Improved hygiene and medical advances save lives every day, but the increasing number and severity of infectious diseases in the UK, such as HIV and Hepatitis B and C, are cause for concern in the medical sphere. As strains of these infections develop resistance to drugs, medical professionals are looking to other ways of overcoming the problem. Most patient information is currently confidential, so the introduction of a public register detailing the names of those living with contagious and potentially terminal illnesses could help alleviate the spread of infections and save the lives of potential victims.

Untitled microscopic paintings, 1994 by Mark Francis

 

This idea is particularly significant when it comes to STIs (Sexually Transmitted Infections). One of the most dangerous is HIV, which, according to the World Health Organisation, has claimed over 34 million lives since its first diagnosis in 1981. With more than a million STIs contracted globally every day, a public register would promote complete transparency, allowing people to look up a potential sexual partner and avoid infection.

A public register of contagious terminal illnesses could also reduce the potential for criminal activity. In 2009, Johnson Aziga, a 52-year-old Uganda-born Canadian, was found to have deliberately infected seven women with HIV, which eventually killed two of them. Aziga was jailed for murder in the first degree by criminal transmission of HIV, the first of many people who have been found guilty of intentionally transmitting their disease to others. Five years later, a female student at Kabarak University in Kenya concealed her HIV-positive status and set out to infect as many men as possible in an effort to exact revenge, following her own diagnosis. She had sex with 324 different men before she confessed online to her actions.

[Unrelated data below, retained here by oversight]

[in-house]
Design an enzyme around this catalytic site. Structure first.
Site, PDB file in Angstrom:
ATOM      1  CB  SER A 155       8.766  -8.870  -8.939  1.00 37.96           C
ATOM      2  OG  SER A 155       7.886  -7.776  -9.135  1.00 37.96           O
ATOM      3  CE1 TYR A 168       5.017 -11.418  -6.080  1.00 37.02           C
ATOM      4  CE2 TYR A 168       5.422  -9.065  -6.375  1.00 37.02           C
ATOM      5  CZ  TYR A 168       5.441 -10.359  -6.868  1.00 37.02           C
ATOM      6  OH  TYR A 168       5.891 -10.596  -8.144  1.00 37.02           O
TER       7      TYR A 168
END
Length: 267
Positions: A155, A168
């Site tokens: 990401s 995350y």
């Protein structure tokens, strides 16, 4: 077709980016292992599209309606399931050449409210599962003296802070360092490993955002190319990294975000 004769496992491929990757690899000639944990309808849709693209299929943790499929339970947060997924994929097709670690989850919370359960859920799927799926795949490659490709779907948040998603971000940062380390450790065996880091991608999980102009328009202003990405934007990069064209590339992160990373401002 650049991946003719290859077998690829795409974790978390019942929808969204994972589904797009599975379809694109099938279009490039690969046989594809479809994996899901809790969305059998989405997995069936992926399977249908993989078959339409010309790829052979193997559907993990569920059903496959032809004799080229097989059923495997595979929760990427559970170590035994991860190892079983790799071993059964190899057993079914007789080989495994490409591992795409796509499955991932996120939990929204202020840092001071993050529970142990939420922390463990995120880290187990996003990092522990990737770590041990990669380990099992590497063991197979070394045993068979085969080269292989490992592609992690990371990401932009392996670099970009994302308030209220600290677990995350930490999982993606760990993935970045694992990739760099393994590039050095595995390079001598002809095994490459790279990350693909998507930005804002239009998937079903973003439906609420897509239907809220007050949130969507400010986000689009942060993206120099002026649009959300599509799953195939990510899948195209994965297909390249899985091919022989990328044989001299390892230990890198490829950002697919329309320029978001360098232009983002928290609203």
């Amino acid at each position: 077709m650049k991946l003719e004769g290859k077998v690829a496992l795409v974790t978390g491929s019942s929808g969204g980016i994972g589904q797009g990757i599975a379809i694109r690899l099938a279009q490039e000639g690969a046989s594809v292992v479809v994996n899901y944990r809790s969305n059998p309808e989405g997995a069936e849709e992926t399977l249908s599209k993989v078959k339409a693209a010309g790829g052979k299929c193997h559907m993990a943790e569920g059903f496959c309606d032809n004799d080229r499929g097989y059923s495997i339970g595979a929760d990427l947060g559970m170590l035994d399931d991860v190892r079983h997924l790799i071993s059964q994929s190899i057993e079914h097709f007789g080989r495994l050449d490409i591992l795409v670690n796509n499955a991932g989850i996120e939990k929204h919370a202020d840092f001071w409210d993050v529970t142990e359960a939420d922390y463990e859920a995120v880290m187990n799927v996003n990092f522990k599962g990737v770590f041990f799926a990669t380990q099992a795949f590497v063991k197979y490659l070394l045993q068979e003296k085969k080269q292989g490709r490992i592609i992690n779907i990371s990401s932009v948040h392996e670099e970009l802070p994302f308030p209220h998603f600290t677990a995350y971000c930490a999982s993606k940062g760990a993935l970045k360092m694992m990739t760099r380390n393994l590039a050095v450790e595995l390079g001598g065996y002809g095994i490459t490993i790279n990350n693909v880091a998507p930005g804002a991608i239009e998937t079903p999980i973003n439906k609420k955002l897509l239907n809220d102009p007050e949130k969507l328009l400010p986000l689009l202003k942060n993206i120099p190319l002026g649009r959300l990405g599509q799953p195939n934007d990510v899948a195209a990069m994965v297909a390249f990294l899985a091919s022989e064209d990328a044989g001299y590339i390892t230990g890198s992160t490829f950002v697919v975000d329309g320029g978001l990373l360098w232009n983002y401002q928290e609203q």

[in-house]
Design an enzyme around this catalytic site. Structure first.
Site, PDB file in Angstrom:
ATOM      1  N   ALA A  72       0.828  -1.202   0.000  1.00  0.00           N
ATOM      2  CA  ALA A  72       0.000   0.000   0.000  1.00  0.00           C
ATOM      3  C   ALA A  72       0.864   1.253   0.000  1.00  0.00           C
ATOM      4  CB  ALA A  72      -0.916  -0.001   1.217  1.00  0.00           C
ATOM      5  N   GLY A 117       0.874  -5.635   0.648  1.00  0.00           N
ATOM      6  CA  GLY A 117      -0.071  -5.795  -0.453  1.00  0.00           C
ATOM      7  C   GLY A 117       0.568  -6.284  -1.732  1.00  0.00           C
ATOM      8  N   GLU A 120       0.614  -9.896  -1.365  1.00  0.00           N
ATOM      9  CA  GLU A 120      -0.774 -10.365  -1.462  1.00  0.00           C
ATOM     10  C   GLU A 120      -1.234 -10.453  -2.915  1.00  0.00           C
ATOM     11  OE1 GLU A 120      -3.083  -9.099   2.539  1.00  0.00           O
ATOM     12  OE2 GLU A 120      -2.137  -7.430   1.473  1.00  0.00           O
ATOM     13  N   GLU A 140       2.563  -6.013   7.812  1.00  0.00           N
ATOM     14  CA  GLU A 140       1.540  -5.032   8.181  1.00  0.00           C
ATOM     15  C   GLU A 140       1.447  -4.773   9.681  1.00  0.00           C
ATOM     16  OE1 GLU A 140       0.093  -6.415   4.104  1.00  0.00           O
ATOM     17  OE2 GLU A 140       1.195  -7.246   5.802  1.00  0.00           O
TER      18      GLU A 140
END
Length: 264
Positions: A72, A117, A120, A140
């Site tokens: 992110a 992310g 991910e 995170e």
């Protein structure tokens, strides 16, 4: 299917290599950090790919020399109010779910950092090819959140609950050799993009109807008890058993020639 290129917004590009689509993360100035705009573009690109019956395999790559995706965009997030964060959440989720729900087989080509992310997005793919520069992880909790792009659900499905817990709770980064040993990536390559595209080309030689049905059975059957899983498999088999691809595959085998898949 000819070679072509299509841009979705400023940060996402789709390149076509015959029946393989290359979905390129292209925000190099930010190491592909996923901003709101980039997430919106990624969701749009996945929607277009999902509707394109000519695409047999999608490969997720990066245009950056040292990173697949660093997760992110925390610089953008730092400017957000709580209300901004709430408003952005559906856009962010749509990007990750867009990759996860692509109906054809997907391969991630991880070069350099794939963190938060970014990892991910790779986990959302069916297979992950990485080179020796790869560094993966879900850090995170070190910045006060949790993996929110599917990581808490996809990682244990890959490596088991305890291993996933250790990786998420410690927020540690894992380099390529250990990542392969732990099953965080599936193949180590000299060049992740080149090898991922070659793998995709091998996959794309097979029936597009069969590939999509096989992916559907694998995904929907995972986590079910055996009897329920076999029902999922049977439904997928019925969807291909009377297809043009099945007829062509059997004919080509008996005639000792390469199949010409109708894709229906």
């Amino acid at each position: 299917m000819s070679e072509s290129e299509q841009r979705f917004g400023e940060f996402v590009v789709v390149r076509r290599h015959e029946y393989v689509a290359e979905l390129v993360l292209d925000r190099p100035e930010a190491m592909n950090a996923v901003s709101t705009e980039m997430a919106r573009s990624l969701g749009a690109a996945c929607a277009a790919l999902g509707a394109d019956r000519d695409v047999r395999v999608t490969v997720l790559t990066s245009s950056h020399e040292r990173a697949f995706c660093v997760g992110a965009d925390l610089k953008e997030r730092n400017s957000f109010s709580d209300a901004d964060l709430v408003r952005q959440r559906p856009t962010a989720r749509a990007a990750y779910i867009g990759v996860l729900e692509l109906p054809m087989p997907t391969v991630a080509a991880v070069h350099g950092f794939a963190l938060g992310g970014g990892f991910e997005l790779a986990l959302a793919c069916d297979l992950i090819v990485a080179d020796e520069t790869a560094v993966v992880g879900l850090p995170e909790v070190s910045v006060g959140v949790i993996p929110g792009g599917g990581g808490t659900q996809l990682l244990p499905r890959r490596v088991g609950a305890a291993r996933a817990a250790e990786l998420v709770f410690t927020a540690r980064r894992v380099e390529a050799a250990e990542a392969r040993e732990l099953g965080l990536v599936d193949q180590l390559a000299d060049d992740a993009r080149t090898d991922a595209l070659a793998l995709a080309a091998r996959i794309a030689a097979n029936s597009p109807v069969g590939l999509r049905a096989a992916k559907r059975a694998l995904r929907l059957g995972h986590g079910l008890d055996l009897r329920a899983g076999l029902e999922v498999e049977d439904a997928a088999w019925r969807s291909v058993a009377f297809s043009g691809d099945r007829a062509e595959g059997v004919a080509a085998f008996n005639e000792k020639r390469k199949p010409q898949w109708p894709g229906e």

Johnson Aziga's mugshot, 2009. Photo by The Canadian Press

On the other hand, those forced to publicly declare themselves as HIV-positive, or as a victim of another infectious disease, would undoubtedly protest against this apparent invasion of privacy, and against the stigmatising of people for something they may have contracted unknowingly. The existence of a register could also make people less willing to seek diagnosis, leading to delayed treatment and a potentially higher transmission rate.

Despite its advantages, it remains unclear whether this public listing of the terminally ill would actually reduce the number of those infected. Other public registers, for instance the sex offenders register, have certain flaws. An article in The Guardian revealed that 3% of sex offenders in the UK are not on the register at all, while many others avoid it, since a short prison sentence exempts inclusion.

Live HIV, Part of a research at Harvard Medical School, Massachusetts 2016-07 by Taryn Simon

What’s more, an apparent carelessness regarding sexual health suggests a register could be ignored. Journalist Ann Friedman famously described young adults today as the “pull-out generation,” discussing the “increase in risky sex” among strangers, a phenomenon observed by Rhiannon Lucy Cosslett. In fact, a study carried out in the USA by Duke University revealed that 31% of women aged between 15 and 24 had resorted to the “pull-out method” at least once, leaving them vulnerable to the transmission of STIs.

Concerns over privacy, as well as doubts on the effectiveness of a public register complicate the decision to introduce it. The public register could have great potential in reducing transmissions of infectious diseases, but whether a register could be comprehensive, beneficial, and respectful of individuals´ right to privacy is yet to be determined.

Words: Alice Tuffery

Copy edited by: Elena Stanciu